the Panama railroad is being cleared of trees
and undergrowth. This has involved the



cutting down of a number of trees of consid-
erable size along the railroad between Frijoles
and Mount Hope. One tree, however, the
largest on the railroad right-of-way, consti-
tuting a landmark near Ahorca Lagarto, has
been spared.

Traffic on Roads near Cristobal Schools.

Drays, carts, wagons, and all steel-tired
vehicles are prohibited from driving faster
than a walk along Columbus avenue from its
juncture with Fifth avenue to its juncture with
Broad street, and along Fourth avenue from
its juncture with Columbus avenue to house
No. 35 on Fourth avenue, Cristobal, between
the hours of 8 and 11.30 a. m., and 1 and 3.30
p. in., on Monday, Tuesday, Wednesday,
Thursday and Friday of each week during the
school year.

Heads of departments and divisions have
been directed to instruct all teamsters accord-

' ingly.

Physician, Isthmian Canal Commission.

An examination will be held in the near
future for the position of physician in the
Isthmian Canal Service, for which qualified
persons are urged to apply. Applicants should
be between the ages of 20 and 40 years and
be graduates of recognized medical schools.
The entrance salary for this position is $1,800
per annum. The receipt of applications will
be closed on November 8.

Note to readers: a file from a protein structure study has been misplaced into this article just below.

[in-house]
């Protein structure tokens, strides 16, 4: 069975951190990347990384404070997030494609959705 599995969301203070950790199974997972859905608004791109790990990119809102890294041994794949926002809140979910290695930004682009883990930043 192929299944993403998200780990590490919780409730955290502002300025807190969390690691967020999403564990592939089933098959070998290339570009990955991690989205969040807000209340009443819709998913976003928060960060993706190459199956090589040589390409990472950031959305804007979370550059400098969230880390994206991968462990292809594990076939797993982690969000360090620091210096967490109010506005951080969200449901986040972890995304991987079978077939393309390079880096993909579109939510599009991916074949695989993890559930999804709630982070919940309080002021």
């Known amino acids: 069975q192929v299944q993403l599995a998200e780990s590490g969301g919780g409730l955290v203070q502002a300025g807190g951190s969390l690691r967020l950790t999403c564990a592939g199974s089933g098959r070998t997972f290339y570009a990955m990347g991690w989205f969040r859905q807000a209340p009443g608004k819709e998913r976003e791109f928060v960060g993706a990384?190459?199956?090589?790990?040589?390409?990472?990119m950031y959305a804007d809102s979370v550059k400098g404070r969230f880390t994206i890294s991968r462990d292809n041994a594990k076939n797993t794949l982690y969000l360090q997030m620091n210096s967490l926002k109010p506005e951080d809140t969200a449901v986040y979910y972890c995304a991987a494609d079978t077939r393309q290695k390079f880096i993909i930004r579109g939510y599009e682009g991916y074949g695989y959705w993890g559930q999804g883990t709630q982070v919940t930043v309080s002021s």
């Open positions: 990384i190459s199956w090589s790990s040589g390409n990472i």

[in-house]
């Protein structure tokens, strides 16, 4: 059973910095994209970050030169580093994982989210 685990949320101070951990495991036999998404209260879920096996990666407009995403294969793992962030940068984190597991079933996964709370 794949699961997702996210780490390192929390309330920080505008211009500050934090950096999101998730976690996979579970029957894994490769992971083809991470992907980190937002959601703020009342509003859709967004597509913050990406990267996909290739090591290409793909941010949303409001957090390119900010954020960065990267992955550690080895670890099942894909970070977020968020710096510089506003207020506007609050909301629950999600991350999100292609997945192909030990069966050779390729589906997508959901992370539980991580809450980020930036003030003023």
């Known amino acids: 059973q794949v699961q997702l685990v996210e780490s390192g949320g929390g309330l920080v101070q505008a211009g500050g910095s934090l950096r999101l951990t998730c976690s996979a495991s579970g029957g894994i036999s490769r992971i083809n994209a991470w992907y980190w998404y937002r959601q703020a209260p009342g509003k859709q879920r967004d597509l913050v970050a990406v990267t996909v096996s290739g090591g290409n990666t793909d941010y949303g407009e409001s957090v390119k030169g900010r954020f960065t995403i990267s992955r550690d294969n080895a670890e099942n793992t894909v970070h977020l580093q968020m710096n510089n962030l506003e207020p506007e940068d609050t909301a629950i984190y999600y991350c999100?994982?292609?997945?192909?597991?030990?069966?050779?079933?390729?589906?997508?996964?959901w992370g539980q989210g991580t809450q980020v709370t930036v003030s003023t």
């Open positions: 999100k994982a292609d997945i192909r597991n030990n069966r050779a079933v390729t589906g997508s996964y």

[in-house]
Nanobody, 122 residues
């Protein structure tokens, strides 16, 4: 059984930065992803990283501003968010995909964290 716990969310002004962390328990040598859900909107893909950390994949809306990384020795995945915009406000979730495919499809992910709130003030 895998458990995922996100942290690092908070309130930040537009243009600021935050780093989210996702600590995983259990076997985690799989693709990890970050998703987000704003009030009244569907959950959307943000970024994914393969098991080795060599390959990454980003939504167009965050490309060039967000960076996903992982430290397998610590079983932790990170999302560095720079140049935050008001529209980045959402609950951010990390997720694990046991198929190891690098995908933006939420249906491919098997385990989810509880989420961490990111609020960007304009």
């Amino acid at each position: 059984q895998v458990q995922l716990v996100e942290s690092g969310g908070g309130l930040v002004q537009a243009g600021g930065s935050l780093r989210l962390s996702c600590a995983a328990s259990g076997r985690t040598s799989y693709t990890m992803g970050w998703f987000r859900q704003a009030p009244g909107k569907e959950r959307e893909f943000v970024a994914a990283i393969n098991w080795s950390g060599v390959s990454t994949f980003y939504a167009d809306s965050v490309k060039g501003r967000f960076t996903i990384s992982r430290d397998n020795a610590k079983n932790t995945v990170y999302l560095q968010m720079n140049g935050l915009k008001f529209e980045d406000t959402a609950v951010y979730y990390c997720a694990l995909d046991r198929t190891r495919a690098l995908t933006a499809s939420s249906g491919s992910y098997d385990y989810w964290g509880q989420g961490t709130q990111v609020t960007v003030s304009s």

John K. Baxter.
Secretary, Isthmian Civil Service Board.

Culebra, C. Z., October 29, 1910.



Clearing Zone Trails.

Two trails extending from the Panama rail-
road to the Canal Zone boundary line near
the native village of Arraijan are to be cleared
under the supervision of the Superintendent
of Public Works, in accordance with the notice
calling for bids published on another page of
this issue of The Canal Record. One of
the trails begins at Cartagenita, a Canal Zone
native settlement situated near the Panama
railroad where it turns to cross the trestle
over the Canal at Paraiso, and extends to
Arraijan in the Republic of Panama, a vil-
lage about one-fourth of a mile from the
Canal Zone boundary line.

Another trail in the direction of Arraijan
will be cleared, beginning at the native ham-
let known as "Hong Kong," situated in a
ravine just west of the Panama railroad and